Late last year we saw the arrival of a new and unusual new bullet technology launched by Polycase Ammunition. The company's projectiles are formed by the high-pressure injection molding of polymer binders with fine copper-alloy dust. This process produces customized bullets that are lead-free and lightweight.
With reliable poly-copper bullet technology on the market for a year now, I've been curious to see which companies might adopt it next. As it turns out, CCI Ammunition has beaten everyone else in the rimfire market to the punch with the very first .22 Long Rifle round to employ this type of bullet. The new round is simply called CCI Copper and is available in 50-round plastic boxes. It launches a 21-gr. hollow tip poly-copper bullet at a sizzling listed velocity of 1850 fps from brass cartridge cases.
I met with a CCI representative to discuss this new ammunition. He pointed out that this round’s light 21-gr. bullet, which is about half the weight of typical lead hunting and target rounds, provides optimal performance at distances of 50 yards or less from rifle and carbine length barrels. As the bullets travel beyond 50 yards they start to shed energy rapidly due to their lightweight. Despite their reduced range, this load does have its advantages.
Within its optimum range, the round is quite fast and will have a devastating effect on small game. The bullets fracture when striking hard targets, like rocks and steel plates, to greatly reduce chances of ricochets. The cartridge's primer compound is lead free like the bullet, so this round can be used in those jurisdictions and shooting facilities that restrict the use of leaded ammunition.
As with any brand new load, the first questions that come to mind with the CCI Copper revolve around reliability. The number of .22 rimfires in American sportsman’s hands is vast and exceptionally diverse when it comes to barrel length and action type. Because of this diversity, the folks at CCI willingly acknowledged that the CCI Copper is not going to be a perfect fit for every gun out there. Much like the popular 5.56 NATO/.223 Rem. cartridges of AR-15 fame, the CCI Copper relies on bullet velocity for performance. Therefore, the longer the barrel, the better performance you can expect. Those guns with manually operated actions, including break-action, bolt-action, and lever-actions, will cycle this load without any issues.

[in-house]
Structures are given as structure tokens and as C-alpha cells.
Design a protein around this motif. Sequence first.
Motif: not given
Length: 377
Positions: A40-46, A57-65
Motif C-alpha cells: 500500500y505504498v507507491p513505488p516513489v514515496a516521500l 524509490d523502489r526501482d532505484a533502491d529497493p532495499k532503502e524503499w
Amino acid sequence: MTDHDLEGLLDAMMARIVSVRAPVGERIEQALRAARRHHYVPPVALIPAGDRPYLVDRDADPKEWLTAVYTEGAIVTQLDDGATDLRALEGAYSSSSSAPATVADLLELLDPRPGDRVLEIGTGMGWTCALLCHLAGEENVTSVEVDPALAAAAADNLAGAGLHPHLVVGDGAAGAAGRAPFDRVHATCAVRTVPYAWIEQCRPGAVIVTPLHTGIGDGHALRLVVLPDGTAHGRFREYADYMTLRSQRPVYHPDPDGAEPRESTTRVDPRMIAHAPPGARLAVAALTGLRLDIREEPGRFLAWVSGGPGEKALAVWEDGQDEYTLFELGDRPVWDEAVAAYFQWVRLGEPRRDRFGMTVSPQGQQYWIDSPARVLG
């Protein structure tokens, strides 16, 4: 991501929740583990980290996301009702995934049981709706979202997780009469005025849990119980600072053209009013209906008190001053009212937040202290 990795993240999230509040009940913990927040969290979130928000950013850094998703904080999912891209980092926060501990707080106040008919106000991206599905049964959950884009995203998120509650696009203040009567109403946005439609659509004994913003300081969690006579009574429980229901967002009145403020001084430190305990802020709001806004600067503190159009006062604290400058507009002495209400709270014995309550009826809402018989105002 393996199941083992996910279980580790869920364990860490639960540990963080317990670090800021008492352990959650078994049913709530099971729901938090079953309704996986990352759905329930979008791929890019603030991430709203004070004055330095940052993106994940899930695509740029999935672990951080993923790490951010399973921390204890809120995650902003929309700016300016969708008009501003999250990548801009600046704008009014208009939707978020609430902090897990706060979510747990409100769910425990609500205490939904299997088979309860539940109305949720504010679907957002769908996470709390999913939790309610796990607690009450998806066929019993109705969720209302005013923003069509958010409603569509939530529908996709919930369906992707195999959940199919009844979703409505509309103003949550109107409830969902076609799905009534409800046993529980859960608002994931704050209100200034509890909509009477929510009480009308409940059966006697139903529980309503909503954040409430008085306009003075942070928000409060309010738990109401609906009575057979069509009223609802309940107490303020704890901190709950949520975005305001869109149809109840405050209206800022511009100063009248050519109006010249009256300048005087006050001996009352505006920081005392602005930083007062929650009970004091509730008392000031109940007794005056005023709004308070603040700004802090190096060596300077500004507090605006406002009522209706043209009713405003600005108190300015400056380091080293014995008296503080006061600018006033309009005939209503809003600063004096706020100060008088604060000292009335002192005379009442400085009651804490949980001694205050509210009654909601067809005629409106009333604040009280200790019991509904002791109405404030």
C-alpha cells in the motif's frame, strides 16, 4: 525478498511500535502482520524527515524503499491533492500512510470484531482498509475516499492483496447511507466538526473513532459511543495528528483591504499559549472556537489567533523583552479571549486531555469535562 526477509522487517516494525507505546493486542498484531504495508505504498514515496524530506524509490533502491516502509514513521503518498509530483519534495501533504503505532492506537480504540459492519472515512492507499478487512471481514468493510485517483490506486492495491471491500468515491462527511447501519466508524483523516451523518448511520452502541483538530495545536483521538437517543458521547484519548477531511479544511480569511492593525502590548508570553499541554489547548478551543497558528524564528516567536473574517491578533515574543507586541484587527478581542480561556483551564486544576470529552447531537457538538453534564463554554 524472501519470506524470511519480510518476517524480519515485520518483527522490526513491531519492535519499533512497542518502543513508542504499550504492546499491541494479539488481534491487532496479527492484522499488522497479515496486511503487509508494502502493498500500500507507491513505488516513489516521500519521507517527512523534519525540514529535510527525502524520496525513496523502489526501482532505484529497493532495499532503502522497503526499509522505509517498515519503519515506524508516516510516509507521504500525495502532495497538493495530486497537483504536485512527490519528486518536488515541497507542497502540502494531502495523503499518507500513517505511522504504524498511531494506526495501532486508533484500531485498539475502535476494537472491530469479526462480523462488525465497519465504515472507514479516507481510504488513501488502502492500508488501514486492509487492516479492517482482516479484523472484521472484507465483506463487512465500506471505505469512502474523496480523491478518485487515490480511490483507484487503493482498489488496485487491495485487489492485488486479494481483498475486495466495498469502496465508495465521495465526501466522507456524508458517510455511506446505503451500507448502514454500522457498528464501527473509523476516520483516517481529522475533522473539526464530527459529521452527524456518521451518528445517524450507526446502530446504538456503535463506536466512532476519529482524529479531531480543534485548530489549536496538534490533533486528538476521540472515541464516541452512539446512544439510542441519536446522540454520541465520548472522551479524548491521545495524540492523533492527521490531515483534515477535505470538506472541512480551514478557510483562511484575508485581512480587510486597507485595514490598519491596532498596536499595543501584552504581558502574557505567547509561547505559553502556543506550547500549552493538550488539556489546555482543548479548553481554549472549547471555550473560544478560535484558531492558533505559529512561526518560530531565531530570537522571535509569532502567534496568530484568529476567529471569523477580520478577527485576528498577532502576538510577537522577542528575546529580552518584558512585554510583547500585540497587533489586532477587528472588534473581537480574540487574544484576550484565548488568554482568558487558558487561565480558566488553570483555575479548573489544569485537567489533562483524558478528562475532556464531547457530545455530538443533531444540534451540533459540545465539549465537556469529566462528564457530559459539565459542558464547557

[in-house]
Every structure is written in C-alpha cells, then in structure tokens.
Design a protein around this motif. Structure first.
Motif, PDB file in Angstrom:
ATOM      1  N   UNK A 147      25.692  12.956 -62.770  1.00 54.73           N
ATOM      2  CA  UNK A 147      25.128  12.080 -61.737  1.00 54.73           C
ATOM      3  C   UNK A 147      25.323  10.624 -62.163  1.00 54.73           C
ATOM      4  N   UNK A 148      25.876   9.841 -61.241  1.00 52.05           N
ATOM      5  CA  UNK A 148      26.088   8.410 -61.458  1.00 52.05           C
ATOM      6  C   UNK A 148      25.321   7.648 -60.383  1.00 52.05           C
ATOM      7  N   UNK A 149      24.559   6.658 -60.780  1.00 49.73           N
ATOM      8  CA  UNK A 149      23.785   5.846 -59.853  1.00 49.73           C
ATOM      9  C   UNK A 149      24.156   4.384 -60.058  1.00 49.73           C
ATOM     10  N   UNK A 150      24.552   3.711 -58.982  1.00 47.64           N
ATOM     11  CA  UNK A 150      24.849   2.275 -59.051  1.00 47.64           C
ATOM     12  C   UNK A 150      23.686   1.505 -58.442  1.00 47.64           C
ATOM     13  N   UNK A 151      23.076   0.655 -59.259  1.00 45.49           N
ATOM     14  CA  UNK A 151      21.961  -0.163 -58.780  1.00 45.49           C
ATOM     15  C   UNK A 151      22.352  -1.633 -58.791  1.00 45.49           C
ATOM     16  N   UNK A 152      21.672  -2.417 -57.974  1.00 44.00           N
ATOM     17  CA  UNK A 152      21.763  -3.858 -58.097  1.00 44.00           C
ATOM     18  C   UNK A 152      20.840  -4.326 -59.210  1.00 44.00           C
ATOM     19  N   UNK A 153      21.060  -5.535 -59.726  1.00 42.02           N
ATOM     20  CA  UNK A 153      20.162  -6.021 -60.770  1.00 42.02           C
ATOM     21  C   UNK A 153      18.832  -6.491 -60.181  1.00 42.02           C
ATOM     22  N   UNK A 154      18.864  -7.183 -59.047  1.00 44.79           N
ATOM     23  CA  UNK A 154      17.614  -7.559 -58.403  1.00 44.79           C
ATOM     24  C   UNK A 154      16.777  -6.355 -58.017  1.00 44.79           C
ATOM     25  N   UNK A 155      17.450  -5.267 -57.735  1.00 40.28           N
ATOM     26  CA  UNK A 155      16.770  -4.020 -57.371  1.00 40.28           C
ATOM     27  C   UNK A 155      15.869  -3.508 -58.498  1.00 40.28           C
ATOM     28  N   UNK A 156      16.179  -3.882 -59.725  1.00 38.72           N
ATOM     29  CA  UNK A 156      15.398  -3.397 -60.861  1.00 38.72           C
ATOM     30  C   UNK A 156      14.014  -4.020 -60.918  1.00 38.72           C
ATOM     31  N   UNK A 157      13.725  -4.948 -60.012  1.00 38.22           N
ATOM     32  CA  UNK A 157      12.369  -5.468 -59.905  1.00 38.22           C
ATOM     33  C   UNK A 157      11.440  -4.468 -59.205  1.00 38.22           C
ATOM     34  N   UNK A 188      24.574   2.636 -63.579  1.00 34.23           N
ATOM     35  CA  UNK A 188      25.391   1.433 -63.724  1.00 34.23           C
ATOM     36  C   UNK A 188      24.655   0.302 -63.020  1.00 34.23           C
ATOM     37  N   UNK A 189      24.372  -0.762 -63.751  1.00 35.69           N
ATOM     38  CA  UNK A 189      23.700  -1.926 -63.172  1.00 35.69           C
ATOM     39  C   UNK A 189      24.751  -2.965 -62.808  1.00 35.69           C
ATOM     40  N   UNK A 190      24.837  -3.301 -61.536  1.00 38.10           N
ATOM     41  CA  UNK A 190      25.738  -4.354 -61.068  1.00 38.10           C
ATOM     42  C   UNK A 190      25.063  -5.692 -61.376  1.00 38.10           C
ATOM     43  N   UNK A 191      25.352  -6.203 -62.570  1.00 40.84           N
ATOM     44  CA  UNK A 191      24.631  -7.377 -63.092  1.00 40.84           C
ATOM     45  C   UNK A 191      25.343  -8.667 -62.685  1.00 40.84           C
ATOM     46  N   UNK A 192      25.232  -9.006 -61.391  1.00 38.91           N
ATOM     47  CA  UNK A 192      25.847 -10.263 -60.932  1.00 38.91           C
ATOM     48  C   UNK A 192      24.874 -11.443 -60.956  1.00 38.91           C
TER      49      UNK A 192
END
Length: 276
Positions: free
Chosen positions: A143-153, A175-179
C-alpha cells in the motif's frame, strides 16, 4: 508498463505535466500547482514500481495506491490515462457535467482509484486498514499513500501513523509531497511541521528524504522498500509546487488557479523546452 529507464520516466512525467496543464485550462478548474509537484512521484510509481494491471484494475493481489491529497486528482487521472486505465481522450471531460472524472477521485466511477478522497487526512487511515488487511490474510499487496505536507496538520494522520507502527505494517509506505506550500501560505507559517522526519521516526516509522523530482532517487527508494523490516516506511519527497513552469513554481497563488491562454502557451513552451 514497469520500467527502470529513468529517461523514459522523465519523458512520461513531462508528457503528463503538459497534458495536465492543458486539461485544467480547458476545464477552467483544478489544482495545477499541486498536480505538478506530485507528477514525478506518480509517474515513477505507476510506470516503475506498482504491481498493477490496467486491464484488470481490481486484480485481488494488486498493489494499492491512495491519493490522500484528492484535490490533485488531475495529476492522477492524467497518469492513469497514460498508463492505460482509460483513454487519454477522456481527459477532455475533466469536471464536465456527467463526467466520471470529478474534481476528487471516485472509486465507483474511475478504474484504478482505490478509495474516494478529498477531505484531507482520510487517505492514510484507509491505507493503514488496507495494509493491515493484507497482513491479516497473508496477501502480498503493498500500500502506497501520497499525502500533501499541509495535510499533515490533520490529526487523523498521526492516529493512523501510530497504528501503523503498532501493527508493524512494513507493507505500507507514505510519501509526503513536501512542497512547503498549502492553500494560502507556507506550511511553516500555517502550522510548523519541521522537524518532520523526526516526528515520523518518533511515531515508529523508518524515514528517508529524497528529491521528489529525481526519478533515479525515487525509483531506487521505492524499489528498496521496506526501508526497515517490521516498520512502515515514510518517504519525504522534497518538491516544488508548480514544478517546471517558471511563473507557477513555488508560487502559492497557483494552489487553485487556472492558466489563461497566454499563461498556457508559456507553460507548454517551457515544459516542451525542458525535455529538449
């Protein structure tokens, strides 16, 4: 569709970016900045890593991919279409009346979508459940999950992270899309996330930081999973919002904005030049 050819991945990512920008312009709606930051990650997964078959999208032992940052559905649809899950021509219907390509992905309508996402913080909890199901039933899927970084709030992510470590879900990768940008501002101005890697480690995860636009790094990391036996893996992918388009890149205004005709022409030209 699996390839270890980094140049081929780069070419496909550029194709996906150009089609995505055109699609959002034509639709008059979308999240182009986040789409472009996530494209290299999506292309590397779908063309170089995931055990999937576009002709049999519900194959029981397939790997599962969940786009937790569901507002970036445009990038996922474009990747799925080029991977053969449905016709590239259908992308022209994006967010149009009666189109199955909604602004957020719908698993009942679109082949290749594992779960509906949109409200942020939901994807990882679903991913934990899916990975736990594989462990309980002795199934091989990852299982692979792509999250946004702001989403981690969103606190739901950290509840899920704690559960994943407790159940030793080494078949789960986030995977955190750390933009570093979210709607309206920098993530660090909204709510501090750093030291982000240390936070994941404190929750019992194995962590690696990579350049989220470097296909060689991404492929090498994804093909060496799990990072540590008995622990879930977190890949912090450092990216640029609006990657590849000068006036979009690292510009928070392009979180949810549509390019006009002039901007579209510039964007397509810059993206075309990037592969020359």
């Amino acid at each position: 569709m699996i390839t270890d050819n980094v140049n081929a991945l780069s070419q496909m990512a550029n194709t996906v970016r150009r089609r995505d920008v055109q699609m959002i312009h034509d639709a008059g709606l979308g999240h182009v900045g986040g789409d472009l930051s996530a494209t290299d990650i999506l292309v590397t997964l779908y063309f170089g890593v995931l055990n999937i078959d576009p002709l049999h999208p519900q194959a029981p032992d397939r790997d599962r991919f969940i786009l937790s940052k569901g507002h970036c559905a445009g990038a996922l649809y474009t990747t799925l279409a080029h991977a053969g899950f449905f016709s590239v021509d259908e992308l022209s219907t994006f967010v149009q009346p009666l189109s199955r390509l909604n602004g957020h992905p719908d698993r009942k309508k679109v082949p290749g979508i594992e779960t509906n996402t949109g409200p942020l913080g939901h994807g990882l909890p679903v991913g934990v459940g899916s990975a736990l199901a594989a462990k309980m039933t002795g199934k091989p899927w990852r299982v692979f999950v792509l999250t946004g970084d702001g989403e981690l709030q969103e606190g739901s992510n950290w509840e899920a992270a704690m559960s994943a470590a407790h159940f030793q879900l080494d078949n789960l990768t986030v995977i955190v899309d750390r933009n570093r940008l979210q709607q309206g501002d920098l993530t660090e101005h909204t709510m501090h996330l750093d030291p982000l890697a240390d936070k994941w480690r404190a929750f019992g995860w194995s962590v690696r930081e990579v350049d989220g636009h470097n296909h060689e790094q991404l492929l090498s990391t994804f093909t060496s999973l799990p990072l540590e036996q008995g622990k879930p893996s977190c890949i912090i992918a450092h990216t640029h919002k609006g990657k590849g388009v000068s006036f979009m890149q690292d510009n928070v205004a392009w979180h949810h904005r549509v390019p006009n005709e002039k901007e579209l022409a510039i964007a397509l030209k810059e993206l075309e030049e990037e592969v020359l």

But what about the ever popular semi-automatic rifle? I was told that some of them are going to hiccup with this load, which is not wholly unexpected since semi-automatic rimfires are notoriously finicky eaters to begin with. The only way to know for sure if your particular gun will run with CCI Copper is to give it a try.
What about rimfire handguns? This question wandered into something of a gray area because the CCI Copper is intended for use in small-game hunting and recreational rifles. To find out more, I took a 500-round brick of the CCI Copper load to the range and ran it through three completely different guns that might or might not work with this new load. The results were quite interesting.
For the semi-automatic rifle category I used one of the latest versions of the popular Ruger 10/22, the Takedown Lite model. This version features a 16.5” tensioned target barrel.
Without a current production .22 semi-automatic pistol on hand at the time of testing, I dusted off a much loved but long forgotten (by the shooting industry anyway) Smith & Wesson 2206. This is the heavier stainless steel frame version of the 422 series that went out of production back in 1996. But the ol’ 2206 is a family favorite for target shooting and plinking thanks to its reliable action, 3-dot sights, 4.5" barrel and a smooth 4-lbs. 8-oz. single-action trigger.